Q: Are roundabouts safer than regular intersections?
After avoiding this intersection yourself for five years, the time has come to make sure your little girl knows how to drive through a roundabout. You’re not sure who is more nervous, her or you, but you have her drive down Georgia Avenue, turn right onto Gist Avenue and slowly approach the roundabout at Woodbury.
You can tell she’s a little anxious so you try to lighten the mood by explaining some light-hearted facts about roundabouts and its safety features. Unfortunately, as you were discussing it, you completely blanked out on why they’re safer than normal intersections.
Is it because you don’t have to stop? Or there is less traffic? What does make roundabouts safe?
The Safety of Roundabouts
Although roundabouts can be difficult to understand, and a little confusing when using them for the first time, they are considered a safer alternative to normal intersections. Roundabouts are extremely common in Europe, and are gaining popularity in the United States. Their basic design is a circular intersection, where traffic flow is based upon yielding—as opposed to traffic lights—in order to keep a constant flow of traffic. Instead of traffic crossing one another, as in a normal intersections, traffic must follow the counterclockwise direction of the circle and use the exit lanes to get to marked exits.
This simplistic design, when used properly, not only decreases traffic back-ups but also limits serious accidents and injuries. According to the Federal Highway Administration, the safety benefits of roundabouts result in a 35 percent reduction of overall intersection crashes, a 90 percent reduction of fatal accidents, and a 76 percent decrease of overall intersection accident injuries per year.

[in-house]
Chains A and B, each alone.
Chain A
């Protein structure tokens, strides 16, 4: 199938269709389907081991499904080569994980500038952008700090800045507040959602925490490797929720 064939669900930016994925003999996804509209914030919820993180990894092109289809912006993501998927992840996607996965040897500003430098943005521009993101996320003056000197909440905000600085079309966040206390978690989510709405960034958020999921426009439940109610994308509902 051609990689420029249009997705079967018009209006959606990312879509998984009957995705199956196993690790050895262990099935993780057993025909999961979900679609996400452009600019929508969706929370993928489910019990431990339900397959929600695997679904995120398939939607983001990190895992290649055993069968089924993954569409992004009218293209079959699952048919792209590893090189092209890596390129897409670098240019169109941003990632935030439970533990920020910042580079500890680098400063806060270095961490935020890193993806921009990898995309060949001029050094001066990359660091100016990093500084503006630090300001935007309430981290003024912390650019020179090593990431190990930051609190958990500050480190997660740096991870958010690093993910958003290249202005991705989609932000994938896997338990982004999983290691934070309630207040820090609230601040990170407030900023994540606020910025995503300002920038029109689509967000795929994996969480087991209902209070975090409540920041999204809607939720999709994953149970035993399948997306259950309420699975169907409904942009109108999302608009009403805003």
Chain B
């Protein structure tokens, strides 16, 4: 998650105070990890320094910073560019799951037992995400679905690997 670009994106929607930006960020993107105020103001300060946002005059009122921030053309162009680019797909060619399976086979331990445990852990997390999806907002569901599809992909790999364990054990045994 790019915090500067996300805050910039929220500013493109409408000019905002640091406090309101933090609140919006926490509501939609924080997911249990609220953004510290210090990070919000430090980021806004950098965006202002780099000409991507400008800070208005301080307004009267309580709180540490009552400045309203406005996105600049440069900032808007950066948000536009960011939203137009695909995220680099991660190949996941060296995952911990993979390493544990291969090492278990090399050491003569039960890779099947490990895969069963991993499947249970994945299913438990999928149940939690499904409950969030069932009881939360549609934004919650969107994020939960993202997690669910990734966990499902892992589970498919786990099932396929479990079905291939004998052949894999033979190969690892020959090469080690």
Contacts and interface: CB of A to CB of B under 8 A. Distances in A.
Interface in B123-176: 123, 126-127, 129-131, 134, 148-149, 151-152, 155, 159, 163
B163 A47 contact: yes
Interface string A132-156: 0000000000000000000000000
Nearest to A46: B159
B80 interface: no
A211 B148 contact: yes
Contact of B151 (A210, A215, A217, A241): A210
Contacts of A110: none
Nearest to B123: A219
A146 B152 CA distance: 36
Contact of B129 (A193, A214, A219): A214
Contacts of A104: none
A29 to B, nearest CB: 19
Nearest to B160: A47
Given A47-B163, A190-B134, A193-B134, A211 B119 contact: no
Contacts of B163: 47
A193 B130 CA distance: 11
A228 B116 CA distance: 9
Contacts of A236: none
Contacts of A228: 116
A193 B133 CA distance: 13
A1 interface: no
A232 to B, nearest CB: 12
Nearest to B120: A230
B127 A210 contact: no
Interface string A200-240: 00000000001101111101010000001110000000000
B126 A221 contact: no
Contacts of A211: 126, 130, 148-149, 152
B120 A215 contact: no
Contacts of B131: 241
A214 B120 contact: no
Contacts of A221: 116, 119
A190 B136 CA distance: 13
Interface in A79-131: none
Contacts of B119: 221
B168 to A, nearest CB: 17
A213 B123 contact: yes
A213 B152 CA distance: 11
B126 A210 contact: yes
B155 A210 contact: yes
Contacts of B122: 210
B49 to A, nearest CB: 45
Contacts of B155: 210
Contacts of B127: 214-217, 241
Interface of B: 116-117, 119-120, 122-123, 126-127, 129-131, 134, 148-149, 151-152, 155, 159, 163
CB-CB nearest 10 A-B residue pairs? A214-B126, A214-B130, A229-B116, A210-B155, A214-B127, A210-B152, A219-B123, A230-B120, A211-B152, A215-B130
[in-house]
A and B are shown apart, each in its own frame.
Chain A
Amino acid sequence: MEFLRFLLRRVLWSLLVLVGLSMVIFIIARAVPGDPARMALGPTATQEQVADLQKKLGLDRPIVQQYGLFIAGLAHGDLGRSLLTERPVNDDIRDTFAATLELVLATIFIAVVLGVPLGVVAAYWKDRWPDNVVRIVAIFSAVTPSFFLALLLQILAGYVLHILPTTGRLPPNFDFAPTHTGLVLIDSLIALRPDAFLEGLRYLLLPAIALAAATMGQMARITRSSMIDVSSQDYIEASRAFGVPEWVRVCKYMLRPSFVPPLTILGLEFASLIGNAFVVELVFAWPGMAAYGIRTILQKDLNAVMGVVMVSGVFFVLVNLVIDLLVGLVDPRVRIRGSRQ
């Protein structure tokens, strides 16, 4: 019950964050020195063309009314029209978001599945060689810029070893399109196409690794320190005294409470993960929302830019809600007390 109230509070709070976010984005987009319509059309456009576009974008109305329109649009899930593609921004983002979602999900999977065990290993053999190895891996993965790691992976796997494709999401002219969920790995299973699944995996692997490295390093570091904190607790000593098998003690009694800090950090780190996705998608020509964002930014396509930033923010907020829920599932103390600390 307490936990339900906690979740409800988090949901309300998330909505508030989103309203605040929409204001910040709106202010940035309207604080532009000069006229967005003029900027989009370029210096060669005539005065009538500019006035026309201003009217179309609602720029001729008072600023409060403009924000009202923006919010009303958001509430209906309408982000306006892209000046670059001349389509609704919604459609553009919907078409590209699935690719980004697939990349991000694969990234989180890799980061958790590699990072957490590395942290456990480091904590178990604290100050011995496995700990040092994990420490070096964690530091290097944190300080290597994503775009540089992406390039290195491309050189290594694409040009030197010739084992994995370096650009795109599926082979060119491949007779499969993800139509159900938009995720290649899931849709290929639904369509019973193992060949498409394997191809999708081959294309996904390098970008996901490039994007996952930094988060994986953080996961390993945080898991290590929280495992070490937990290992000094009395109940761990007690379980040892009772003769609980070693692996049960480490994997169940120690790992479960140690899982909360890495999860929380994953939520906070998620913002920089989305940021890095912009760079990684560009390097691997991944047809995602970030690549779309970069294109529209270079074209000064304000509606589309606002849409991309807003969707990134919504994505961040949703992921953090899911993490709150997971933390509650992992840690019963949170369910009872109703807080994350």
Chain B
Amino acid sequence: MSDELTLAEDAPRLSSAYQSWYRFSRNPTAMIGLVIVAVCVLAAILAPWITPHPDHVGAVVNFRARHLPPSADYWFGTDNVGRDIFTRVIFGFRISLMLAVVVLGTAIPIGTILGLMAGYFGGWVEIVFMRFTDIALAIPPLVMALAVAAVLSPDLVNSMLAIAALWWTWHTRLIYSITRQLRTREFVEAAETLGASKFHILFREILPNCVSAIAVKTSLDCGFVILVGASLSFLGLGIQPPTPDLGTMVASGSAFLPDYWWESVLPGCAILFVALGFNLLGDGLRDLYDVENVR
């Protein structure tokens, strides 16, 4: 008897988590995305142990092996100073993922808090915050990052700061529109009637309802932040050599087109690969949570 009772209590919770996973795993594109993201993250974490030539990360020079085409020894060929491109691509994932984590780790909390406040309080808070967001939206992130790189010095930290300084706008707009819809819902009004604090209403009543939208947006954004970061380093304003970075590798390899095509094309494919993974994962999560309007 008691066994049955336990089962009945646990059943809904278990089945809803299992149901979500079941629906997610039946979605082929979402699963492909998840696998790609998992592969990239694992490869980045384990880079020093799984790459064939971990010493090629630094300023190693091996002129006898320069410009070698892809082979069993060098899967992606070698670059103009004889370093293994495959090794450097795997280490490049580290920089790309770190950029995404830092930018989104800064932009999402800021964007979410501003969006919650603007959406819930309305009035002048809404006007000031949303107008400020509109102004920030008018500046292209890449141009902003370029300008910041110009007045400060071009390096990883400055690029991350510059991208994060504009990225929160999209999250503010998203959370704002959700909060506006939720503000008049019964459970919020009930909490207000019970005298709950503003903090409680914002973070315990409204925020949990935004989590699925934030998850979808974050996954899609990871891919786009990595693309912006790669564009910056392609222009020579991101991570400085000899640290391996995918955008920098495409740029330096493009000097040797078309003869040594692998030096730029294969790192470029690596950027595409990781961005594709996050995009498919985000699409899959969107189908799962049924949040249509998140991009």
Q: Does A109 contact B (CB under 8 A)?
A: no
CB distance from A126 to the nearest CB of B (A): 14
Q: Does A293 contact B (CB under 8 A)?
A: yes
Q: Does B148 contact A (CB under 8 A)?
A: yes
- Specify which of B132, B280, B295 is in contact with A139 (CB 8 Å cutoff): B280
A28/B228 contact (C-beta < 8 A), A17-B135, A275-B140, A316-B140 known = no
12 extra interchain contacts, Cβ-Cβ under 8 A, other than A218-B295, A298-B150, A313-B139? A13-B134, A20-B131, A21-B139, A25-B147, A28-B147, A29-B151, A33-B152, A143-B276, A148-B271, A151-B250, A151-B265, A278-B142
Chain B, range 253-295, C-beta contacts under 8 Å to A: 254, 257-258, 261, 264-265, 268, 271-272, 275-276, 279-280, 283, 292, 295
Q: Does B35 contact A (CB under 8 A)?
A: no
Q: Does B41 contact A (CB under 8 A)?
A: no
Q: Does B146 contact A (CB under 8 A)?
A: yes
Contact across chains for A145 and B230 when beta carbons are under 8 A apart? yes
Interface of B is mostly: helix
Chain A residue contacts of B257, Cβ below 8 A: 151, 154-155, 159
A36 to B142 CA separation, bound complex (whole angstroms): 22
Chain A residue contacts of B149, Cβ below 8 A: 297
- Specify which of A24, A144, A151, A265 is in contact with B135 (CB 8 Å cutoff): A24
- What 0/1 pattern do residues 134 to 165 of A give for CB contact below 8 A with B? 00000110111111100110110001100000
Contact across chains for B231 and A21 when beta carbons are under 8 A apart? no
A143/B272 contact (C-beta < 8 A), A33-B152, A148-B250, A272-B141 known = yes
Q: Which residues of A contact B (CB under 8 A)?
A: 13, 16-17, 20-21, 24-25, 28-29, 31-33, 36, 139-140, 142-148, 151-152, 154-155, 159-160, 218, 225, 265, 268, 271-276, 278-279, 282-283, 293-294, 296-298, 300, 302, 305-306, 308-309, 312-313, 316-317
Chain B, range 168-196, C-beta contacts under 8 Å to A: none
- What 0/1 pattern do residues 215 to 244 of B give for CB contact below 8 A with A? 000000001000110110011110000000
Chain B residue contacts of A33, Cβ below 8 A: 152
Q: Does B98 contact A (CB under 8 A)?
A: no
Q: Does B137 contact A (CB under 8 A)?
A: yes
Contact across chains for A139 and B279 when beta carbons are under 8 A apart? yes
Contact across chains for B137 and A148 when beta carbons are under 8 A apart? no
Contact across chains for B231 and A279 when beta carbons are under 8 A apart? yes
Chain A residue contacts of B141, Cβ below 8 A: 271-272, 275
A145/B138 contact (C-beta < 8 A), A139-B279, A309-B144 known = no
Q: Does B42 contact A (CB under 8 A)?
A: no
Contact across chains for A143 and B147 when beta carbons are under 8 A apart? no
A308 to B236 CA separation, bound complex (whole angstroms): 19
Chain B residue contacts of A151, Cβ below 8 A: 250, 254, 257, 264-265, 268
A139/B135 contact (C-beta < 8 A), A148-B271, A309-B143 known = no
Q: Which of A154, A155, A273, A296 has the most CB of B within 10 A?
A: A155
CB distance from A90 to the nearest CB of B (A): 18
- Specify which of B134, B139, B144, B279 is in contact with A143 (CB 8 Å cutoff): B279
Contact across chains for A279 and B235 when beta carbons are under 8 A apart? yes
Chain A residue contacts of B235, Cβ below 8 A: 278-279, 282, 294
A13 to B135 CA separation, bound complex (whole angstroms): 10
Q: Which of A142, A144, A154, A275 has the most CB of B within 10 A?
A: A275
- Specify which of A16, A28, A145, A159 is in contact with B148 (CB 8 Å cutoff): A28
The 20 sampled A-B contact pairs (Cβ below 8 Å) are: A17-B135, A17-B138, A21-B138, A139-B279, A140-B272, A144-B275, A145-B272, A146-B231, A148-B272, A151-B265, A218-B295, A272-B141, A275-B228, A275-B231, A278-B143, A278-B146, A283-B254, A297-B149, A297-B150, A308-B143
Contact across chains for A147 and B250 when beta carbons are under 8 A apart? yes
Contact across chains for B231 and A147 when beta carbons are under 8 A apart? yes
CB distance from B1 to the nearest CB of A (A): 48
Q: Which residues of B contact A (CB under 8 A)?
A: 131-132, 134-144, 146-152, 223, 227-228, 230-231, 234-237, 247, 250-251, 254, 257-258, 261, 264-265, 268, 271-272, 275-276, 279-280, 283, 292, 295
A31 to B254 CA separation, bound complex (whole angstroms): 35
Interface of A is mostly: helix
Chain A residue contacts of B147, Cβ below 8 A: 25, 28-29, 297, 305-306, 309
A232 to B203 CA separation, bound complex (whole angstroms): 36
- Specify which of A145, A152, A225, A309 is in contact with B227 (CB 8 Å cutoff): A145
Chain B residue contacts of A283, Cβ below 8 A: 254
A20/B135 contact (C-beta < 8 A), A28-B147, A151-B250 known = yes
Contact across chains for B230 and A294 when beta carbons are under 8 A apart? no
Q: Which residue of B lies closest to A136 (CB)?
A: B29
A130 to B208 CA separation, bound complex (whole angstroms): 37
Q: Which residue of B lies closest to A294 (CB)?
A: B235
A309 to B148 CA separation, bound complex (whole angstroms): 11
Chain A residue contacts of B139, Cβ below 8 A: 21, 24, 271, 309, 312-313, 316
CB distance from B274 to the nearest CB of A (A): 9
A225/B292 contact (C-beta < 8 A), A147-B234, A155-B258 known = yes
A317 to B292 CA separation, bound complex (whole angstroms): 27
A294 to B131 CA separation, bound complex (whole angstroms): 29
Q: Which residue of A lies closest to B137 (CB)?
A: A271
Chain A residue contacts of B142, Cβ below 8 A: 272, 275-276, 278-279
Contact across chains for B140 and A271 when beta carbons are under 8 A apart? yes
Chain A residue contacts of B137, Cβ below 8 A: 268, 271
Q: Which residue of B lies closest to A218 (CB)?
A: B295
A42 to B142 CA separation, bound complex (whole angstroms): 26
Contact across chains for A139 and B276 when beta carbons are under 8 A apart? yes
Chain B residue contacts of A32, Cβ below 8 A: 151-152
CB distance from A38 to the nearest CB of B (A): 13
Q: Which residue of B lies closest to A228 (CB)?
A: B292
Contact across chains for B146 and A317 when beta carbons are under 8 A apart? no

These benefits include:
- Slower speeds. In order to navigate the circle, you must slow down.
- Less impact points. Roundabouts all but eliminate head-on and high-speed right-angle collisions, by limiting impact sites from 28 potential collision points (normal intersection) to eight possible collision points (roundabout).
- Increased crosswalk visibility. Roundabout crosswalks are placed further away from the actual intersection, making it easier to see pedestrians.
- Less acceleration accidents. Since the traffic flow is fluid, cars don’t have to stop and accelerate abruptly.
- Decreased road rage. Traffic flow is increased, which means there is less time for people to get angry.
When the Benefits Fail
Unfortunately, the design and use of roundabouts can’t guarantee safety due to human error. Although traffic circles limit the potential for accidents, the human element can always interfere and cause disastrous consequences. When another driver becomes confused, makes irresponsible mistakes, ignores signs, or drives too aggressively around the circle, he could cause serious injuries to you and your family. Don’t let his senseless actions ruin your life, instead call us to help you fight for the justice you deserve.
Our free consultation will help you understand your rights, build up your confidence to pursue an injury claim, and help get you the settlement you need for your injuries. Call now!
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